In terms of numbers of ballet nights, there is a marginal decline, yet it's well disguised by the impression of more energetic activity. Last year 14 main-stage ballet bills - eight full-length, six mixed, including two premieres - this year 12 main-stage ballet bills - six full-length, six mixed bills, 123 mainstage performances. These more adventurous programmes remain with very short runs, five or six performances, while the Tchaikovsky classics are scheduled with 20 shows each.
Two bills dedicated to the Royal Ballet's great choreographers Frederick Ashton and Kenneth MacMillan will combine familiar favourites such as Concerto and Marguerite and Armand with long-awaited rareties, Las Hermanas, MacMillan's taut drama based on Lorca's play The House of Bernarda Alba, and Ashton's pure abstract Monotones I and II, a creation of lunar genius.
Though the classics, Swan Lake, La Bayadère and The Nutcracker all return in their known stagings, O'Hare promised that in 2013-14 one of the major classics will have a complete new production (odds are that it's Swan Lake). That year Christopher Wheeldon will also create a new full-length ballet for the Royal Ballet (which I hope will be more adult than Alice's Adventures in Wonderland.)
Financially speaking, Tony Hall said the current season was making its targets so far, including mixed ballet bills (an increasingly hard sell to the public). Next season top ballet ticket prices for the first mixed bill will be £38, and some top opera prices are being slashed - last year's top opera price of £210 will be £175 next season. This is being achieved with the help of some other ticket price rises, and an increased skew towards private patronage and catering. The rising success of live cinema relays and the BBC tie-in, Lord Hall said, would push the Royal Opera House's excellence beyond London into the rest of the country, and around the world. The Royal Ballet, said O'Hare, will be performing in Snape and Northern Ireland, and touring to Monte Carlo and Tokyo next year.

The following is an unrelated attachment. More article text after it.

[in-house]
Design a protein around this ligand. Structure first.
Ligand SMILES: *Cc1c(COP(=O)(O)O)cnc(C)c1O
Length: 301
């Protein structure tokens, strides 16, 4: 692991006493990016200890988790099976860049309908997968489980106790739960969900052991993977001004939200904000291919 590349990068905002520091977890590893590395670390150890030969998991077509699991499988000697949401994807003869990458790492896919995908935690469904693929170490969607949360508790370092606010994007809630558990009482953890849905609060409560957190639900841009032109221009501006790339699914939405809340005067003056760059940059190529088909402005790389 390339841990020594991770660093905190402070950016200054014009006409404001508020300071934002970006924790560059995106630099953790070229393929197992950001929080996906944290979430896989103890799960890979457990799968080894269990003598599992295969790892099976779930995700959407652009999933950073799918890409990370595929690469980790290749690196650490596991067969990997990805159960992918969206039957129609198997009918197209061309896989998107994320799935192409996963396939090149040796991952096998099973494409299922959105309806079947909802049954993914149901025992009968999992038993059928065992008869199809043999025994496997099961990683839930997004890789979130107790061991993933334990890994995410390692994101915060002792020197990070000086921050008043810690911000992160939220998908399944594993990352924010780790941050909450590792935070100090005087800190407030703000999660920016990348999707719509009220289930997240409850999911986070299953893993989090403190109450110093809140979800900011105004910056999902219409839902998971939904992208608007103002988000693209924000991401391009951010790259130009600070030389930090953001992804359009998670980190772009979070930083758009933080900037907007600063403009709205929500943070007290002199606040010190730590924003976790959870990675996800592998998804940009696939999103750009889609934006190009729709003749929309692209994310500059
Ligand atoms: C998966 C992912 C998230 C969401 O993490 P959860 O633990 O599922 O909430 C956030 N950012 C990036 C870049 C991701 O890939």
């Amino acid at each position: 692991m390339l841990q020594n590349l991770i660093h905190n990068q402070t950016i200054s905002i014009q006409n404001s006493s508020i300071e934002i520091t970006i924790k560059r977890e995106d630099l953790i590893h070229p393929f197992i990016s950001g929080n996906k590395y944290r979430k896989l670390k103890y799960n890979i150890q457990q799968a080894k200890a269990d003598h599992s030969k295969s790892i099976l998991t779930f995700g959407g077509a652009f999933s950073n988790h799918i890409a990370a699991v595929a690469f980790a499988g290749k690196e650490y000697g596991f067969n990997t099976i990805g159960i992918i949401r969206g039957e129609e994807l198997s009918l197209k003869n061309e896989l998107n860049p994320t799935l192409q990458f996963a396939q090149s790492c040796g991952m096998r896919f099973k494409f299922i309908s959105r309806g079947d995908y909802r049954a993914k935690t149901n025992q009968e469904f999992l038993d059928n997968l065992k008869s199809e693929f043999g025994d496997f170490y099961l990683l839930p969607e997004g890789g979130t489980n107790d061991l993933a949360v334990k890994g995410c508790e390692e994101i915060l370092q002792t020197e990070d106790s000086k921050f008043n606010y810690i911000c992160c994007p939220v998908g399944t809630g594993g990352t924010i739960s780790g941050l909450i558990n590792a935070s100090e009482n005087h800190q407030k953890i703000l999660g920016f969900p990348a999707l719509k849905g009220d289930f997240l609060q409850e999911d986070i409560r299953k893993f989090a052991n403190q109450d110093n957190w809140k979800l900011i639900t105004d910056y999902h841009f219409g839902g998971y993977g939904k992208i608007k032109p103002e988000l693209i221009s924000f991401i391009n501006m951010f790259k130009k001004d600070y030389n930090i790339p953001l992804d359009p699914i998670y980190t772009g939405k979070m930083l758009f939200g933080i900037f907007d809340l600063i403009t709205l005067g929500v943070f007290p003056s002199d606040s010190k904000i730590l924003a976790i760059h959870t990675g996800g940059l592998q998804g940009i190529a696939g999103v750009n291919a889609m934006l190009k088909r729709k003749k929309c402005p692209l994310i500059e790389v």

Balletomanes will also be intrigued to see the Royal Opera performing Meyerbeer's Robert le Diable, the 1831 opera in which appeared the celebrated ballet of the nuns, starring Marie Taglioni, which launched the 19th-century romantic ballet movement. Lionel Hoche will be choreographer this time round.
Full listings on next page
Subscribe to theartsdesk.com
Thank you for continuing to read our work on theartsdesk.com. For unlimited access to every article in its entirety, including our archive of more than 10,000 pieces, we're asking for £2.95 per month or £25 per year. We feel it's a very good deal, and hope you do too.
To take an annual subscription now simply click here.
And if you're looking for that extra gift for a friend or family member, why not treat them to a theartsdesk.com gift subscription?
Creative renditions of the Bard's works in dance
A sparky, faithful rendition of a classic
Serious quality in ballet star's last goodbye
Young love in yellow tights
Emotion and politics skilfully combine in Ratmansky's old-new ballet about the French Revolution
Unfeminist comedy in Jean-Christophe Maillot's Shakespeare ballet
A peerless Odette almost makes up for production's psychological shortcomings
The Russians are back, marking 60 years since they first took London by storm
Canny brand synergy encourages fans to keep Promming
Serious choreography and lush design make this Surrealist fairytale a visual treat
Visiting Aussies are engaging in lush production, but the plot's not all that
Superstar ballerina and new partner Sergei Polunin lack lustre in self-commissioned contemporary triple